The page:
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Codex Sierra: A Nahuatl-Mixtec Book of Accounts from Colonial Mexico

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One of the earliest texts written in a Native American language, the Codex Sierra is a sixteenth-century book of accounts from Santa Catalina Texupan, a community in the Mixteca region of the modern state of Oaxaca. Kevin Terraciano's transcription and translation, the first in more than a half century, combine with his deeply informed analysis to make this the most accurate, complete, and comprehensive English-language edition of this rare manuscript.

The sixty-two-page manuscript, organized in parallel columns of Nahuatl alphabetic writing and hand-painted images, documents the expenditures and income of Texupan from 1550 to 1564. With the alphabetic column as a Rosetta stone for deciphering the phonetic glyphs, a picture emerges of indigenous pueblos taking part in the burgeoning Mexican silk industry--only to be buffeted by the opening of trade with China and the devastations of the great epidemics of the late 1500s. Terraciano uses a wide range of archival sources from the period to demonstrate how the community innovated and adapted to the challenges of the time, and how they were ultimately undermined by the actions and policies of colonial officials.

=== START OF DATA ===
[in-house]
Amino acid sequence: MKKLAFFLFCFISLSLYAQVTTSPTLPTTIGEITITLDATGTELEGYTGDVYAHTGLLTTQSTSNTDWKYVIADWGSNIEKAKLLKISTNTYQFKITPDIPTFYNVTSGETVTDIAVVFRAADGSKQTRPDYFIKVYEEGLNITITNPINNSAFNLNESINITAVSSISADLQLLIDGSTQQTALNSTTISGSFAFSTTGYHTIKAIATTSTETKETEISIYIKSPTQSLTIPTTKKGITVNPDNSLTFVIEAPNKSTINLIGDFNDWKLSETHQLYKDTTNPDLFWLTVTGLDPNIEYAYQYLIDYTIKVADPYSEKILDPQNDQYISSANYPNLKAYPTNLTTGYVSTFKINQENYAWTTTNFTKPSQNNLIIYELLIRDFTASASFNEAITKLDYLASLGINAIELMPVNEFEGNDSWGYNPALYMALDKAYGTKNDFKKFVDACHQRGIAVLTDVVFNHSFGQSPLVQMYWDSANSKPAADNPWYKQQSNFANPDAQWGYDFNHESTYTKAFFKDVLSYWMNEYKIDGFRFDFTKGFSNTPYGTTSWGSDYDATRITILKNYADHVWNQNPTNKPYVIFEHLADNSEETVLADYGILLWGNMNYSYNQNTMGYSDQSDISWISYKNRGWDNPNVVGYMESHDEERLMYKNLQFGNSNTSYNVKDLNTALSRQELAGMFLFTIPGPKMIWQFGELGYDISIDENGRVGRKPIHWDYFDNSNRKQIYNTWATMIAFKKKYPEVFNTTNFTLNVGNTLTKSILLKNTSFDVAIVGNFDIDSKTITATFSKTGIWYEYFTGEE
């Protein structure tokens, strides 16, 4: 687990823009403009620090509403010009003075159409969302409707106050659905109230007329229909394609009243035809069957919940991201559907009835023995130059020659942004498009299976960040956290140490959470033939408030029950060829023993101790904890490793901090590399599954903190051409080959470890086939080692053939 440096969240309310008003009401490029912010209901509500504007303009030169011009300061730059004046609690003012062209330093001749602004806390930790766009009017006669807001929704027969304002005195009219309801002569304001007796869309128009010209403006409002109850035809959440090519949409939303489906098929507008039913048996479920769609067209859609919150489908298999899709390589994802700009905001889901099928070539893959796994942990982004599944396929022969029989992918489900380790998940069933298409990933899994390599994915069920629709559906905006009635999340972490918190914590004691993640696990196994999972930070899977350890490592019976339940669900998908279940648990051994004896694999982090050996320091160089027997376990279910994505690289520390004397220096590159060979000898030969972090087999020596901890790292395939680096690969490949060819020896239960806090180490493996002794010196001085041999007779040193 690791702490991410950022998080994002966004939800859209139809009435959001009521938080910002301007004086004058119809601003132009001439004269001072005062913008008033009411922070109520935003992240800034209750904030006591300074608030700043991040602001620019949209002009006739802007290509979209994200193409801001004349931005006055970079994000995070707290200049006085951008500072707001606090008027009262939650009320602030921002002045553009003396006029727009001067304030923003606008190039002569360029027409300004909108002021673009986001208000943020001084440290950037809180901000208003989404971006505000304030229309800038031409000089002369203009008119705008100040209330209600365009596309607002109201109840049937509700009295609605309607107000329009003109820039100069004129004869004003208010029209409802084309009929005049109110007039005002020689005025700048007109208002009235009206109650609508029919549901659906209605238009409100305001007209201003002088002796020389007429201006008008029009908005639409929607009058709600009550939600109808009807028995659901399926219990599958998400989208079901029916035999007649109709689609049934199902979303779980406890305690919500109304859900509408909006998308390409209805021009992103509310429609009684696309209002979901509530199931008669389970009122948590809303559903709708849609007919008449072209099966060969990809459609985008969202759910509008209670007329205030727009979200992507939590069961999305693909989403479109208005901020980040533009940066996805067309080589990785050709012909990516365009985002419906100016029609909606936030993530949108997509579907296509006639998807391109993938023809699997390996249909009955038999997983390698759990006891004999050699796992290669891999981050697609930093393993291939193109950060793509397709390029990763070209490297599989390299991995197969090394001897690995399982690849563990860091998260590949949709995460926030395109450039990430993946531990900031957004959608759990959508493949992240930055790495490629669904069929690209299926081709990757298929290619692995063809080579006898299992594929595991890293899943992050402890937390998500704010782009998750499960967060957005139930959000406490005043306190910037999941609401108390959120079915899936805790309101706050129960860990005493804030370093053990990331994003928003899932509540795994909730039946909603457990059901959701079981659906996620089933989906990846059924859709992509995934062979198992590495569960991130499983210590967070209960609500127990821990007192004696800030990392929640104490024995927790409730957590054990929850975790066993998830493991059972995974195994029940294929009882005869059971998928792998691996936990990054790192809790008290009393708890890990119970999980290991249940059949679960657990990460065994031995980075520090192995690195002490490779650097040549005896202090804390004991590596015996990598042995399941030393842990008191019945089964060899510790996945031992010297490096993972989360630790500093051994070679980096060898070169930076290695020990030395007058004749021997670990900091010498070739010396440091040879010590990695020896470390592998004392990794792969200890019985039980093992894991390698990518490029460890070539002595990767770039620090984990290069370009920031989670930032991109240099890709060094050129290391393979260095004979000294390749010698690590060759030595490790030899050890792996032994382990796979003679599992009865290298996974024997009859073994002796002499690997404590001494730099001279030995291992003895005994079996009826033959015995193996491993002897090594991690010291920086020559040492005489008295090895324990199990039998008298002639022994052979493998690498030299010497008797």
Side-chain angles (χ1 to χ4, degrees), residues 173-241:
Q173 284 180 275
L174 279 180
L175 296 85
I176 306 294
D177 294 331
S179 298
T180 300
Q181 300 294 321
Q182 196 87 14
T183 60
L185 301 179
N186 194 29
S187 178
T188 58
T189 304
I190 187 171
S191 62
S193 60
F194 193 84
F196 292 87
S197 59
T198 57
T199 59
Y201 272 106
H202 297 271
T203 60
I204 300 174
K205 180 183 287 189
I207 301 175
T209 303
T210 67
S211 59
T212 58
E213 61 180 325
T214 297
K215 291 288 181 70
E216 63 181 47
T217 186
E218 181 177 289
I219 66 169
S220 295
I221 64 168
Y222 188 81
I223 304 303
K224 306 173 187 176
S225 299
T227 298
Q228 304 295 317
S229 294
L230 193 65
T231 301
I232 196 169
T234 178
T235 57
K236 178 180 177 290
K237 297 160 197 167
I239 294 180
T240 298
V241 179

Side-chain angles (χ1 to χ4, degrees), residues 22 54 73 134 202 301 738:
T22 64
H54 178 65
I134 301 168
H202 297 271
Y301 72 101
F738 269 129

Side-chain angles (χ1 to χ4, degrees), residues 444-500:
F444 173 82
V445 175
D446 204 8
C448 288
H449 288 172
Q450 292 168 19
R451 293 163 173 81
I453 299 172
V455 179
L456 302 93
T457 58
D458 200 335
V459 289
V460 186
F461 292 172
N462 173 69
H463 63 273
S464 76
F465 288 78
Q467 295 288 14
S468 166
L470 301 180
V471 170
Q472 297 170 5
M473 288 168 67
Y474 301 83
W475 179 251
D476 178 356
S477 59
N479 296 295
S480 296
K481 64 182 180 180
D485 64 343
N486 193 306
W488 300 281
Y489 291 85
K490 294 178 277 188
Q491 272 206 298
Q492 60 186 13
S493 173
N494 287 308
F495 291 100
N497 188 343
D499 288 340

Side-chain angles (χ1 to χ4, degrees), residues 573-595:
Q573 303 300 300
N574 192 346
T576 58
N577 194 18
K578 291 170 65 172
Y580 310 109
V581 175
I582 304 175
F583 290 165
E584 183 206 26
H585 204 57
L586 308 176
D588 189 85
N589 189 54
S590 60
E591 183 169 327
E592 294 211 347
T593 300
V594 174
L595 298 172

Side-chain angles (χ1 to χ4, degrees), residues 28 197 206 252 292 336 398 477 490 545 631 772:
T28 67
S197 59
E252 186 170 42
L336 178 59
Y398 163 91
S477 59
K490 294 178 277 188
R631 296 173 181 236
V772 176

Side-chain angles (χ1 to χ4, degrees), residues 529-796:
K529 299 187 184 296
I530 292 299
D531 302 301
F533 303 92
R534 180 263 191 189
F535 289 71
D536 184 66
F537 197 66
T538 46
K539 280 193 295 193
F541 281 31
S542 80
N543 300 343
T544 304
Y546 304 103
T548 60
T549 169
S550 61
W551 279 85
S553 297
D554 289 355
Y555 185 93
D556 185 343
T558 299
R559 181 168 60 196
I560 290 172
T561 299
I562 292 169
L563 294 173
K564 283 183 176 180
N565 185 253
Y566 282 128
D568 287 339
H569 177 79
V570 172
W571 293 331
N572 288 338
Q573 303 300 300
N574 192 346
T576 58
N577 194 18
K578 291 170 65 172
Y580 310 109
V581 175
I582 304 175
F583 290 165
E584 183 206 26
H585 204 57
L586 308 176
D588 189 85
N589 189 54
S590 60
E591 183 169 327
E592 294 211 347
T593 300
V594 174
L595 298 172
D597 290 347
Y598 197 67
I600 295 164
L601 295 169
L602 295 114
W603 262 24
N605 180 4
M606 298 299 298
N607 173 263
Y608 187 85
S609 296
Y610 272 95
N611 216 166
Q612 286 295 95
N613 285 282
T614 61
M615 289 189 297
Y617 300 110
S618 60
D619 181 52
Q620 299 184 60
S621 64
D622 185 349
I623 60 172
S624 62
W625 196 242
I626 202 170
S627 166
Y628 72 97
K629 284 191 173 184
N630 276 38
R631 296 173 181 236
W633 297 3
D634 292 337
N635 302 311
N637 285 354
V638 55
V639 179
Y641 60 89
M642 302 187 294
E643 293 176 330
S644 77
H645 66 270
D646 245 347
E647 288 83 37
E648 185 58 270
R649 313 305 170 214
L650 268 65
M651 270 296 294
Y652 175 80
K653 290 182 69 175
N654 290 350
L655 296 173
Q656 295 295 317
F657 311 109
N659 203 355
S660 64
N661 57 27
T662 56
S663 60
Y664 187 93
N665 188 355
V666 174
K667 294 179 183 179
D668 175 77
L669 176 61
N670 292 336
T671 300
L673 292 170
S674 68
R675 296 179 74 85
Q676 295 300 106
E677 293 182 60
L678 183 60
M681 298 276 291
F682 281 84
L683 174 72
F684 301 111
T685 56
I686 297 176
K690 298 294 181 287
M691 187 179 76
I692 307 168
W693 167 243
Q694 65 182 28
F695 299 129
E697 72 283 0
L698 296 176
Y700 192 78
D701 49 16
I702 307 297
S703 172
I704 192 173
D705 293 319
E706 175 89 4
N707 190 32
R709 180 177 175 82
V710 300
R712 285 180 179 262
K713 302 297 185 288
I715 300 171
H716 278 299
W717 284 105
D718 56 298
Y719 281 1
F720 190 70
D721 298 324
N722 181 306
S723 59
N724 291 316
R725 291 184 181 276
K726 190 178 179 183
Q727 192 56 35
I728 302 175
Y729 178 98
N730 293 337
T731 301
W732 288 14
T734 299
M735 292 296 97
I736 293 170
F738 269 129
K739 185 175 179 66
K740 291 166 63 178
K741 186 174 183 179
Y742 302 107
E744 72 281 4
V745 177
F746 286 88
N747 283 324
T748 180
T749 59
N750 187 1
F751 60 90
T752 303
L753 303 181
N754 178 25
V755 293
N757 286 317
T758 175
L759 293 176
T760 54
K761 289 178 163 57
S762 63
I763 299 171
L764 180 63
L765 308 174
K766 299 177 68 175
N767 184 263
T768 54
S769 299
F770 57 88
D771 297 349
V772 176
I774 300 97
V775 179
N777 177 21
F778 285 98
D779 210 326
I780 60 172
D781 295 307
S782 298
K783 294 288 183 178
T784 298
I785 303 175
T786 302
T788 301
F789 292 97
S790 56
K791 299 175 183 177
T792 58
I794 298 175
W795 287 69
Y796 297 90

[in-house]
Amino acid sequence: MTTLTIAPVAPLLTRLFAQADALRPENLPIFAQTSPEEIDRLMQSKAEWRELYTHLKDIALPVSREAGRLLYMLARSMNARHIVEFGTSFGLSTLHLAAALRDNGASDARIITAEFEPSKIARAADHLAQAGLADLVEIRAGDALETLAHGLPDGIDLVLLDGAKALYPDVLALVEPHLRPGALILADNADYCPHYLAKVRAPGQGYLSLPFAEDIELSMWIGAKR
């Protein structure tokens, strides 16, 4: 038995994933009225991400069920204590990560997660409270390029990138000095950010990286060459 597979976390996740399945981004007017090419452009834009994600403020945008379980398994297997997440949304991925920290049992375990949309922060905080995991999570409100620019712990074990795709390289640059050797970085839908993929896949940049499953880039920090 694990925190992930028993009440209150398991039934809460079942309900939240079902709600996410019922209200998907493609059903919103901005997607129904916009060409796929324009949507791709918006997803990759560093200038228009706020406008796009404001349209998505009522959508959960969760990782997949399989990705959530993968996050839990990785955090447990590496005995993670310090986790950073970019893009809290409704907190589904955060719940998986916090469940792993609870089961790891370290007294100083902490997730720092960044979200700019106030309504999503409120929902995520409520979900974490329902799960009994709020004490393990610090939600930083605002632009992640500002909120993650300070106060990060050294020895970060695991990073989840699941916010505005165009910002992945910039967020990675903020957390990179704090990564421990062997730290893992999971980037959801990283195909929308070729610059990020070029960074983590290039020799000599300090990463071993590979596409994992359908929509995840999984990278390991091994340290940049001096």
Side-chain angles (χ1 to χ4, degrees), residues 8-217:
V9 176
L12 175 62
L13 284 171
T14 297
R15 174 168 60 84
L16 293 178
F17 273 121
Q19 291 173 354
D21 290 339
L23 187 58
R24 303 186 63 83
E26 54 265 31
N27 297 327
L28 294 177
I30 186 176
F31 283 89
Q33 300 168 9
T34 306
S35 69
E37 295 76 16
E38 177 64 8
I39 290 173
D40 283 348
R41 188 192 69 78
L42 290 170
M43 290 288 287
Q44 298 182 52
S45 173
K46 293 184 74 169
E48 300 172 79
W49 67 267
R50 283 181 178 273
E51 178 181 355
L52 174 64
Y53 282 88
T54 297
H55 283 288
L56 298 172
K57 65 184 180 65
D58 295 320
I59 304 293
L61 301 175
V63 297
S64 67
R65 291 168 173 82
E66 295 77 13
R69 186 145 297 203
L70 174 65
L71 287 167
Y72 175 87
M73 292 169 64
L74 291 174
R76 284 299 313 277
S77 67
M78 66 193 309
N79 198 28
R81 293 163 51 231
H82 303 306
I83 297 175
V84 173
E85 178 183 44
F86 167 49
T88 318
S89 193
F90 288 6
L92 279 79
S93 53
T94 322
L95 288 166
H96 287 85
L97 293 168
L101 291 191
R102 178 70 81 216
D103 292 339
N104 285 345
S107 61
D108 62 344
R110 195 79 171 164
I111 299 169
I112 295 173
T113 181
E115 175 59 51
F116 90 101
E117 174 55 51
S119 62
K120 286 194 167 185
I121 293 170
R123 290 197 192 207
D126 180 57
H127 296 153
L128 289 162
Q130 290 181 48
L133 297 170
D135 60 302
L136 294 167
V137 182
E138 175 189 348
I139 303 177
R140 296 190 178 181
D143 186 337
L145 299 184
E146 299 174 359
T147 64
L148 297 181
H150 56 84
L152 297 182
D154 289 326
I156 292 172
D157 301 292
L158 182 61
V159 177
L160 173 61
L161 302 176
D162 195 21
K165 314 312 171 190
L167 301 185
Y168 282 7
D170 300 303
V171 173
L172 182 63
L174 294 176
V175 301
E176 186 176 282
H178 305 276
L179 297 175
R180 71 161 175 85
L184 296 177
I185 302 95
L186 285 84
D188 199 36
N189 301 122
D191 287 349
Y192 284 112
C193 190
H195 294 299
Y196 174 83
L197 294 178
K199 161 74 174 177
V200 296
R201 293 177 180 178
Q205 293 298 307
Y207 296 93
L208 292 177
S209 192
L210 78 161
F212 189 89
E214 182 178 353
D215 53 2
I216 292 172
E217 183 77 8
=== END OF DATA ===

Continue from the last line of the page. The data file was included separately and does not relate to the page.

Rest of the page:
The first known record of an indigenous population's integration into the transatlantic economy, and of the impact of the transpacific trade on a lucrative industry in the region, the Codex Sierra provides a unique window on the world of the Mixteca less than a generation after the conquest--a view rendered all the more precise, clear, and coherent by this new translation and commentary.

ISBN-13: 9780806168470

Media Type: Hardcover

Publisher: University of Oklahoma Press

Publication Date: 03-25-2021

Pages: 270

Product Dimensions: 11.20h x 8.20w x 0.80d

Terraciano, Kevin: - Kevin Terraciano is Professor of History and Director of the Latin American Institute at the University of California, Los Angeles. He is the author of The Mixtecs of Colonial Oaxaca: Ñudzahui History, Sixteenth through Eighteenth Centuries and coeditor of The Florentine Codex: An Encyclopedia of the Nahua World in Sixteenth-Century Mexico.